Early studies of whether ventilators could work on more than one patient included tests on artificial lungs that simulate the function of the actual lungs. In 2006, two emergency physicians at St. John’s Hospital and the Detroit Medical Center determined that one ventilator might not be available to provide a “major botulism outbreak” or other disaster for hospitals several artificial lungs would have enough ventilators, but could not determine whether there was sufficient oxygen or whether lung injuries were possible. A follow-up study in animals found that ventilators had difficulty distributing air evenly. There has never been a controlled human test.
The shortcomings are well known in most intensive care units. Even hospitals that include technology in contingency plans for COVID-19 plan to use it only as a last resort. “In a short-term scenario, this would be a potentially life-saving decision,” if a hospital runs out of ventilators, said Dr. Gregory Martin, head of intensive care at Grady Memorial Hospital in Atlanta.
“However, there is no way to decide how much oxygen or how much carbon dioxide to remove, or what size of breath to give to multiple patients on one ventilator,” Martin continued, adding, “We would not use this solution if we were really others Would have opportunities. “
At the University of California, San Francisco, intensive care units are working on ways to deal with a deficiency and avoid using multi-patient technology, said Dr. J. Matthew Aldrich, Executive Director for System Intensive Care. It has not been proven and “I am not aware of a successful deployment in such a situation.”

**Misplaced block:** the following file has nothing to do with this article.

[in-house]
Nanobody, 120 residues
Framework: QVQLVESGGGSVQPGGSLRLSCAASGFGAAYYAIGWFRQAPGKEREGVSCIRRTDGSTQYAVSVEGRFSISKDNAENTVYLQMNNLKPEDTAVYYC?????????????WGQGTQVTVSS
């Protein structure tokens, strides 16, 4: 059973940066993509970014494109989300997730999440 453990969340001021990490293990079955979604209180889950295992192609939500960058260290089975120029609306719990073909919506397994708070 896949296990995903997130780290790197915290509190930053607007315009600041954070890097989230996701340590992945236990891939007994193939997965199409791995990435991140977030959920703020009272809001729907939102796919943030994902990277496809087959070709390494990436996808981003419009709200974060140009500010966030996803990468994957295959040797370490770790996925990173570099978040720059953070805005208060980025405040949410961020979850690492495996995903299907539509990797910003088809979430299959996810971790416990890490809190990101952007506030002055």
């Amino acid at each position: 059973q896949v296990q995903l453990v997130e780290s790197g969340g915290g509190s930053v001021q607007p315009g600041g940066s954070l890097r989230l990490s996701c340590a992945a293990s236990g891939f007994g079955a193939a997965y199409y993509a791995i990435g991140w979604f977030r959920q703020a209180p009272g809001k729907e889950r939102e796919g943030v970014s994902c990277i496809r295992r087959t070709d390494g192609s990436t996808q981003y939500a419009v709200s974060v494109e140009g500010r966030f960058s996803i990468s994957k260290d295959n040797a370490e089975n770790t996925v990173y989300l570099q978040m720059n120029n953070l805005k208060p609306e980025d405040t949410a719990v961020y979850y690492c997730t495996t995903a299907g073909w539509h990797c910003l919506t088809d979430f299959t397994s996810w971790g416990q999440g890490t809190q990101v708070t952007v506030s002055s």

Anesthesia equipment in operating theaters has built in ventilators that could sometimes be used to treat intensive care patients, Aldrich said.
The American Association for Respiratory Care, which represents more than 40,000 respiratory therapists, is preventing hospitals from connecting two or more patients to a single ventilator, said Tim Myers, a senior executive at the association. The technique does not allow caregivers to ensure that patients receive the correct amount of air or to track their breathing.
“How do we know your lungs are getting better?” Myers said.
Hamilton Medical AG, one of the largest ventilator manufacturers, warns against multi-patient technology. “Ventilators use sensors to adapt ventilation to each individual patient. This is important in critically ill patients – like COVID-19 patients, ”said a spokeswoman for Hamilton Medical in a written response to questions. “If a ventilator had multiple patients, who should the ventilator adapt to?”
When a patient’s lungs resist airflow, they migrate to the other patients, who then receive more than their lungs need, and possibly more than they can tolerate, said Audrey Mak, a retired respiratory therapist in southern Texas.
“Suppose you have a balloon and you blow it all the way, the balloon is getting weak,” said Mak. “You can do the same with your lungs.”
Maya Miller contributed to the reporting